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The devil is in the mortgage finance reform details

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Lending

Ally estimates ResCap bankruptcy could cost up to $1.2 billion

A bankruptcy filing on the ResCap mortgage unit could cost parent company Ally Financial between $400 million and $1.25 billion, according to a financial disclosure by the bank Friday.

"If a ResCap bankruptcy were to occur, we could incur significant charges, substantial litigation could result, and repayment of our credit exposure to ResCap could be at risk," according to the filing.

On April 17, Ally disclosed the troubled mortgage unit missed an interest payment on its debt and would be considered in default if it wasn't made within 30 days. More than $473 million on the debt is outstanding.

The unit actually forged a $191 million profit in the first quarter. But according to the filing Friday, Ally estimates the losses from litigation matters and repurchase obligations could reach as high as $4 billion over time.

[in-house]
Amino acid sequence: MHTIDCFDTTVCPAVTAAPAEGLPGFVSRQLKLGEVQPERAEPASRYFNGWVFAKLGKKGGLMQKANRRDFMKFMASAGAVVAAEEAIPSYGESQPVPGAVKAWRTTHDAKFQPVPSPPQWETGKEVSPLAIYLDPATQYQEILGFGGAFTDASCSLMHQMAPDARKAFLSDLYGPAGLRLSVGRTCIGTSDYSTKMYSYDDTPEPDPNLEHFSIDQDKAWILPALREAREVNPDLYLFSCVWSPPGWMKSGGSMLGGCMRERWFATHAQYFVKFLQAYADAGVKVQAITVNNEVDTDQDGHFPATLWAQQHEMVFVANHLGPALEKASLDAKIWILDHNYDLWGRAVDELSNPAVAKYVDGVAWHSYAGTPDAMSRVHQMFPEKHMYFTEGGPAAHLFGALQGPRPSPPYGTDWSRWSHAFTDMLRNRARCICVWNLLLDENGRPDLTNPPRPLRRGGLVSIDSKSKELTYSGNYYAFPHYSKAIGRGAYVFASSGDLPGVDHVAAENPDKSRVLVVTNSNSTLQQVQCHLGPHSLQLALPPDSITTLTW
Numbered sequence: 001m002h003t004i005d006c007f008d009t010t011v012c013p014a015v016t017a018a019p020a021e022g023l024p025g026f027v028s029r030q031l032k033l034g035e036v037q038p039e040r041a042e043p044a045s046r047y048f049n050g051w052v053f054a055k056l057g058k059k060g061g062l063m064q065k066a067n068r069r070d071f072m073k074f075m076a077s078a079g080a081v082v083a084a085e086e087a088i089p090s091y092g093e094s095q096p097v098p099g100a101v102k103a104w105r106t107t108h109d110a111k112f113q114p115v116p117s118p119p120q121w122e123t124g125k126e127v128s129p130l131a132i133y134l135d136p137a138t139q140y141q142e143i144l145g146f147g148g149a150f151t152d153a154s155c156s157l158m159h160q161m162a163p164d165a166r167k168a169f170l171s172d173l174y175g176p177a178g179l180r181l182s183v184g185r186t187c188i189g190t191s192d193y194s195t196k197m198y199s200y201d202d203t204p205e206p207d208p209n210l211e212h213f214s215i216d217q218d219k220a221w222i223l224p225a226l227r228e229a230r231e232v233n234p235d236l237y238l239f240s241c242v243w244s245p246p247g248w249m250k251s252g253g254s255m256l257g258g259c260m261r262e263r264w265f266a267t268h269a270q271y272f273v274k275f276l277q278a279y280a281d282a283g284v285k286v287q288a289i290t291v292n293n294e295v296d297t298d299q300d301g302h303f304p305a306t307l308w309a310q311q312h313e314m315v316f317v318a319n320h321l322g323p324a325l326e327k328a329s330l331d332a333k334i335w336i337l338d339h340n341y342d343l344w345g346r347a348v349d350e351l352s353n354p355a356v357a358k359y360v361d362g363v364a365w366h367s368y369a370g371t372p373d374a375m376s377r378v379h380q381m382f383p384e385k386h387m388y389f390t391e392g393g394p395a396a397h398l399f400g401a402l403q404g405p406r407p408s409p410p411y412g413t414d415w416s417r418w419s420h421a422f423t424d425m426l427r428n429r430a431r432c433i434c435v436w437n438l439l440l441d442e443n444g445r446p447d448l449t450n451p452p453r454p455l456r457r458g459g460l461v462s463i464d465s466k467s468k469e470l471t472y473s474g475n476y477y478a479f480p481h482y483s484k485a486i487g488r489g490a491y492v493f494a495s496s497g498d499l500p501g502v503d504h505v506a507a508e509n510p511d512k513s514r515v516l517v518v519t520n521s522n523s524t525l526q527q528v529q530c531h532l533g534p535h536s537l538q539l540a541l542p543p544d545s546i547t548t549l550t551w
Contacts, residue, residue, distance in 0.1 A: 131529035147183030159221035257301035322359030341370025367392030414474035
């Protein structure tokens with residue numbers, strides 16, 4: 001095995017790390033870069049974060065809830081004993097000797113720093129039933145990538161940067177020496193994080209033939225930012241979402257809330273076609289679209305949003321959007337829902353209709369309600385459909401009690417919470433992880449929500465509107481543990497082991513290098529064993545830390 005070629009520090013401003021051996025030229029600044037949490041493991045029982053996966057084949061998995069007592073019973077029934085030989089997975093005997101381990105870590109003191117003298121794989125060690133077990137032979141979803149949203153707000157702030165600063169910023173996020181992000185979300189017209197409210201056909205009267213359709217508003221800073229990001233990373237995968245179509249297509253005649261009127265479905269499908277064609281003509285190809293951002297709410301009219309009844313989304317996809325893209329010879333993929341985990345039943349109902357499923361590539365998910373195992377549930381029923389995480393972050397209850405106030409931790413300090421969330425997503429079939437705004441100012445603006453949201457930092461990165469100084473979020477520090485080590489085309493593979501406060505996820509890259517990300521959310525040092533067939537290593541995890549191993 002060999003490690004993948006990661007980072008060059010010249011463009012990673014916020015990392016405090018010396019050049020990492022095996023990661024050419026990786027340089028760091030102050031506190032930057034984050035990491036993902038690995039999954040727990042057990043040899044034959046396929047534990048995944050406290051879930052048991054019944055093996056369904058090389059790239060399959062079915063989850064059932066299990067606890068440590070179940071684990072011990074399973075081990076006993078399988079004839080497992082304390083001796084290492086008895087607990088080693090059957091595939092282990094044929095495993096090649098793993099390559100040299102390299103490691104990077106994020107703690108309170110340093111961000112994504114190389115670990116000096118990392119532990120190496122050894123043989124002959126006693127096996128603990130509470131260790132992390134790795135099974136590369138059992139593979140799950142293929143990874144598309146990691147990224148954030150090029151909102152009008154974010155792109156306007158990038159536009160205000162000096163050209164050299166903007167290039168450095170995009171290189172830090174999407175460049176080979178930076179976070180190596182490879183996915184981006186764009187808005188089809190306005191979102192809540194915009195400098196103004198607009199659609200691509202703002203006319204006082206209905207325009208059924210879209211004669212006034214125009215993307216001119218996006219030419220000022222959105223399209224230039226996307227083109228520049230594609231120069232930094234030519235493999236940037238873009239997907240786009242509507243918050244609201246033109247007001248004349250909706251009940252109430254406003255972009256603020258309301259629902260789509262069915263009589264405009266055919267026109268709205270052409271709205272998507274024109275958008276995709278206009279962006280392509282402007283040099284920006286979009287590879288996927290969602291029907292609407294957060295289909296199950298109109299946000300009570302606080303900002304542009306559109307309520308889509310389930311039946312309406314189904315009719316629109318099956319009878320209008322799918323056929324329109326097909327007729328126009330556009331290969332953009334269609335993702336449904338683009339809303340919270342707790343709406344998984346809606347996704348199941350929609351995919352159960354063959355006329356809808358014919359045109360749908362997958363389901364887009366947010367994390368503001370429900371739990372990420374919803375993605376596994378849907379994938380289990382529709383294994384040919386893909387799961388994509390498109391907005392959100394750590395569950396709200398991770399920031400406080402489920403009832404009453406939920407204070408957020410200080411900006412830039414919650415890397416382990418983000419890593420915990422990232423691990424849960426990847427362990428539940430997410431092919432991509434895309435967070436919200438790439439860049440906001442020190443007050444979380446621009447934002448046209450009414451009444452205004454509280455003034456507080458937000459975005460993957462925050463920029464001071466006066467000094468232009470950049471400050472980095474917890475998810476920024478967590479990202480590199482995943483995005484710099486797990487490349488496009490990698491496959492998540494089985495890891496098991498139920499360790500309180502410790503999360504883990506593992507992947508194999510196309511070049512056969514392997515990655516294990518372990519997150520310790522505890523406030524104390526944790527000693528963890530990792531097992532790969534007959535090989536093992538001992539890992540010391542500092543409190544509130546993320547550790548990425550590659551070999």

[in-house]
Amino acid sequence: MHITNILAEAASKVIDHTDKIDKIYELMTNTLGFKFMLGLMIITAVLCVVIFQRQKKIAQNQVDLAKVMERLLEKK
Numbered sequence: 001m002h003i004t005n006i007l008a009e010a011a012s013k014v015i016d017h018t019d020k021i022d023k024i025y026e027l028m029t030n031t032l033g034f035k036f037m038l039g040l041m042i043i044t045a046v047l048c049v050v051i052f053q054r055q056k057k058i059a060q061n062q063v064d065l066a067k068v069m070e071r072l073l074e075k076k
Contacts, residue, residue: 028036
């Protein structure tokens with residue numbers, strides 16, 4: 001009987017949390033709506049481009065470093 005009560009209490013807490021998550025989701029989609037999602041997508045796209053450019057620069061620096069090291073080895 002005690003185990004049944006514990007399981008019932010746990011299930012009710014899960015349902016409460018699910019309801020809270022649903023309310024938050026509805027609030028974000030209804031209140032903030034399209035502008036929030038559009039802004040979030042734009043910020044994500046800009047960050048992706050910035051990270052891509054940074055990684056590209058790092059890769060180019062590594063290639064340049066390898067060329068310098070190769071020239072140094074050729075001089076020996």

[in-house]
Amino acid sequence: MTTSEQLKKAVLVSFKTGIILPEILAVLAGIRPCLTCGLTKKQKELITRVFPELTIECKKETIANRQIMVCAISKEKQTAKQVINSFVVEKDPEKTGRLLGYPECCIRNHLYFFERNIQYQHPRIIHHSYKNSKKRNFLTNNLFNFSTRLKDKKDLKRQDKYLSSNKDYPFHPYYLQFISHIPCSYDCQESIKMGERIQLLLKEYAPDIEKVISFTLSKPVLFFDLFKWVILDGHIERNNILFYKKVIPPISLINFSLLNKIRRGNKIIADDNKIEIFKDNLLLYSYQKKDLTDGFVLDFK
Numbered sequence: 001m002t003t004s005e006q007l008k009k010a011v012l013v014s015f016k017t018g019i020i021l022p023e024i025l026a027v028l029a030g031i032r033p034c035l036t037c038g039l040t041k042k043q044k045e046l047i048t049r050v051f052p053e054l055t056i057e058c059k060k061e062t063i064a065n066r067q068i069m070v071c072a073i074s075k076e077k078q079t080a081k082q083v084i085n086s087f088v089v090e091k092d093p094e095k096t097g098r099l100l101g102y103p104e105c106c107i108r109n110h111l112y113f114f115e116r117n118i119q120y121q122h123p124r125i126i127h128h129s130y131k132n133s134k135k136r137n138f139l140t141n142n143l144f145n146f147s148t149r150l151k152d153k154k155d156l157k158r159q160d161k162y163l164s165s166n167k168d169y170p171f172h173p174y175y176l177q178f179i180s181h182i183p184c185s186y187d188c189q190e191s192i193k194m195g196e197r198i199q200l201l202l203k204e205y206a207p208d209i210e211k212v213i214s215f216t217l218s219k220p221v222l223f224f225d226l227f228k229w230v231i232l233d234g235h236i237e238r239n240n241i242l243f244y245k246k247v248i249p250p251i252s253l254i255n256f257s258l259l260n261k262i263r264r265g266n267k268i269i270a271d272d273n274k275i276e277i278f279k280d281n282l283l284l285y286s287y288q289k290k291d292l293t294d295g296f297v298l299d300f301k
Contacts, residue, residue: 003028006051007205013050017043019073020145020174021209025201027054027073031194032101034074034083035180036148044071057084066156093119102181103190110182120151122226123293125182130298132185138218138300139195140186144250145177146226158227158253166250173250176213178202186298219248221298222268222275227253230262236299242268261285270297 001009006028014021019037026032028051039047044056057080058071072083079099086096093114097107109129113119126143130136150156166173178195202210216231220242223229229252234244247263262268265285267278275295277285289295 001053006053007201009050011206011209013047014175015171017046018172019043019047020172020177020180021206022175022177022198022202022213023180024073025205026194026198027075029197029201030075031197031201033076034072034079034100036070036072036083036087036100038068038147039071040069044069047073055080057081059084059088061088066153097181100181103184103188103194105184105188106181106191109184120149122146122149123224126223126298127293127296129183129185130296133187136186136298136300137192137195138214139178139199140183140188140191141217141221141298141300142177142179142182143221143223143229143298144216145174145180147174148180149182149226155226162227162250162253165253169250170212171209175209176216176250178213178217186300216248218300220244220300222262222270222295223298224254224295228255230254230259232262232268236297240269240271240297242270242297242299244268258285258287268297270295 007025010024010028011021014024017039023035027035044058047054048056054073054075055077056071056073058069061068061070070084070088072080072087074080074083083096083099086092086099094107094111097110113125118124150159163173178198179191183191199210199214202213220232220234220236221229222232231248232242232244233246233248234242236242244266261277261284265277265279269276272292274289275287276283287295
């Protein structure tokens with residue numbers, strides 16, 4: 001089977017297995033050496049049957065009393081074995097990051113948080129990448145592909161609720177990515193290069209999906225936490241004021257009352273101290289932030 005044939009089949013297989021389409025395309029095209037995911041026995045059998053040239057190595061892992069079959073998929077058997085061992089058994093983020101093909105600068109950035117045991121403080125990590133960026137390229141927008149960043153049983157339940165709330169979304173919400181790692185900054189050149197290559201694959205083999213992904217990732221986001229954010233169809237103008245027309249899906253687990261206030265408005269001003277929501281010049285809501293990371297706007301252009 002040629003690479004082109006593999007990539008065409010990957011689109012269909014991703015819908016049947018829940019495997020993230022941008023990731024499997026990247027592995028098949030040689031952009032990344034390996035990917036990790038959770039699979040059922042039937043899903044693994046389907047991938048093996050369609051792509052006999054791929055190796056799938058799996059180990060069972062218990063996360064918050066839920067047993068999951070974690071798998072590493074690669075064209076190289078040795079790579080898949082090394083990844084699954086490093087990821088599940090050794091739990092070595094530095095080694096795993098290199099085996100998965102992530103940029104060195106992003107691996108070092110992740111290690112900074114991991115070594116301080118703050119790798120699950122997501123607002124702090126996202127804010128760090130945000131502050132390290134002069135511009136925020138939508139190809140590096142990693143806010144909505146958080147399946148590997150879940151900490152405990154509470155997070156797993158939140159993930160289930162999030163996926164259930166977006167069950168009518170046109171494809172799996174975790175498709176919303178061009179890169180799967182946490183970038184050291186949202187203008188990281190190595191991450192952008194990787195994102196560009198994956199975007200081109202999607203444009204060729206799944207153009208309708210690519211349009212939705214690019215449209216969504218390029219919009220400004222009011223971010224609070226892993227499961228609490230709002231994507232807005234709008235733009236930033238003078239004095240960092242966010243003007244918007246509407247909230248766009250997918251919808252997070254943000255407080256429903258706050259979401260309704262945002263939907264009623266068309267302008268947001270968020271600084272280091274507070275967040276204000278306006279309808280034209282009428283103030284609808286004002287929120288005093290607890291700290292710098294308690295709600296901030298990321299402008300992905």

Barclays Capital (BCS) analysts predicted the unit could be placed into bankruptcy within one to two months, and outlined why selling the servicing rights would be critical for investors in ResCap issued mortgage-backed securities.

The unit has stopped lending to real estate developers and homebuilders in the U.S., according to the Ally filing Friday.

jprior@housingwire.com

@JonAPrior

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